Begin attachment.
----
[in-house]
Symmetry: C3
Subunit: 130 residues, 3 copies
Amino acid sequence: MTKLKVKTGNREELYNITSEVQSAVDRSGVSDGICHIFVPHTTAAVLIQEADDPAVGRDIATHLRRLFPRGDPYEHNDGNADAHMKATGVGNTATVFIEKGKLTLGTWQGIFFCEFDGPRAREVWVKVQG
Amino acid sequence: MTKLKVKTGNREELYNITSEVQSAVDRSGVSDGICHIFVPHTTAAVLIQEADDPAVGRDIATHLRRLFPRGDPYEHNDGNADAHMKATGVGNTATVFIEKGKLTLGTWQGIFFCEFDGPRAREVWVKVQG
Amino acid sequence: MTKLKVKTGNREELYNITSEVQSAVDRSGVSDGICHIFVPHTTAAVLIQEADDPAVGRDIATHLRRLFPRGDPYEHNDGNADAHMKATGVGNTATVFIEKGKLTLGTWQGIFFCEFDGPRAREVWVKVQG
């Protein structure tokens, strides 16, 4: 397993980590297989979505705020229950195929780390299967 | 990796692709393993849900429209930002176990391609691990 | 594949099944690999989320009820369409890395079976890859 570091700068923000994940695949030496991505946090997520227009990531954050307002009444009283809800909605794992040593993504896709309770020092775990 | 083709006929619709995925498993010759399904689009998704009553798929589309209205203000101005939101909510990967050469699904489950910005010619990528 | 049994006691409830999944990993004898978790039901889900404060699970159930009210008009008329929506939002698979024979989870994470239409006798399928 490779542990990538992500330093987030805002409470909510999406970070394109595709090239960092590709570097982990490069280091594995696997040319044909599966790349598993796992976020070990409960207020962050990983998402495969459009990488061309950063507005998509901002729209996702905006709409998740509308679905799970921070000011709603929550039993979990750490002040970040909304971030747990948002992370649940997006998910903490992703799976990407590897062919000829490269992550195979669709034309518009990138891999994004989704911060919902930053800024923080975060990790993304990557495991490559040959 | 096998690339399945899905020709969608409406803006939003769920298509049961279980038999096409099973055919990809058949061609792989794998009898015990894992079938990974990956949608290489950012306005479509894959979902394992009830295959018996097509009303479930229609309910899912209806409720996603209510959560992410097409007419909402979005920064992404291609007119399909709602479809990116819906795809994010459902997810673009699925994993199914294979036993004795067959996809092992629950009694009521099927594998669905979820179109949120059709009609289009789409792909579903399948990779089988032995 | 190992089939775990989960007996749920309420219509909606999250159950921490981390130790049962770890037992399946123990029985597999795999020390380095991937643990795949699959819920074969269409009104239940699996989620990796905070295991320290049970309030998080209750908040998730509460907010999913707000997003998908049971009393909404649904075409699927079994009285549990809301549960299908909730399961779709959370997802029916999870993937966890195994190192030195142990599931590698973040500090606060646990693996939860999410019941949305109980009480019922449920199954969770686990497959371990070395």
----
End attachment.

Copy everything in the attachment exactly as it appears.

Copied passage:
[in-house]
Symmetry: C3
Subunit: 130 residues, 3 copies
Amino acid sequence: MTKLKVKTGNREELYNITSEVQSAVDRSGVSDGICHIFVPHTTAAVLIQEADDPAVGRDIATHLRRLFPRGDPYEHNDGNADAHMKATGVGNTATVFIEKGKLTLGTWQGIFFCEFDGPRAREVWVKVQG
Amino acid sequence: MTKLKVKTGNREELYNITSEVQSAVDRSGVSDGICHIFVPHTTAAVLIQEADDPAVGRDIATHLRRLFPRGDPYEHNDGNADAHMKATGVGNTATVFIEKGKLTLGTWQGIFFCEFDGPRAREVWVKVQG
Amino acid sequence: MTKLKVKTGNREELYNITSEVQSAVDRSGVSDGICHIFVPHTTAAVLIQEADDPAVGRDIATHLRRLFPRGDPYEHNDGNADAHMKATGVGNTATVFIEKGKLTLGTWQGIFFCEFDGPRAREVWVKVQG
């Protein structure tokens, strides 16, 4: 397993980590297989979505705020229950195929780390299967 | 990796692709393993849900429209930002176990391609691990 | 594949099944690999989320009820369409890395079976890859 570091700068923000994940695949030496991505946090997520227009990531954050307002009444009283809800909605794992040593993504896709309770020092775990 | 083709006929619709995925498993010759399904689009998704009553798929589309209205203000101005939101909510990967050469699904489950910005010619990528 | 049994006691409830999944990993004898978790039901889900404060699970159930009210008009008329929506939002698979024979989870994470239409006798399928 490779542990990538992500330093987030805002409470909510999406970070394109595709090239960092590709570097982990490069280091594995696997040319044909599966790349598993796992976020070990409960207020962050990983998402495969459009990488061309950063507005998509901002729209996702905006709409998740509308679905799970921070000011709603929550039993979990750490002040970040909304971030747990948002992370649940997006998910903490992703799976990407590897062919000829490269992550195979669709034309518009990138891999994004989704911060919902930053800024923080975060990790993304990557495991490559040959 | 096998690339399945899905020709969608409406803006939003769920298509049961279980038999096409099973055919990809058949061609792989794998009898015990894992079938990974990956949608290489950012306005479509894959979902394992009830295959018996097509009303479930229609309910899912209806409720996603209510959560992410097409007419909402979005920064992404291609007119399909709602479809990116819906795809994010459902997810673009699925994993199914294979036993004795067959996809092992629950009694009521099927594998669905979820179109949120059709009609289009789409792909579903399948990779089988032995 | 190992089939775990989960007996749920309420219509909606999250159950921490981390130790049962770890037992399946123990029985597999795999020390380095991937643990795949699959819920074969269409009104239940699996989620990796905070295991320290049970309030998080209750908040998730509460907010999913707000997003998908049971009393909404649904075409699927079994009285549990809301549960299908909730399961779709959370997802029916999870993937966890195994190192030195142990599931590698973040500090606060646990693996939860999410019941949305109980009480019922449920199954969770686990497959371990070395």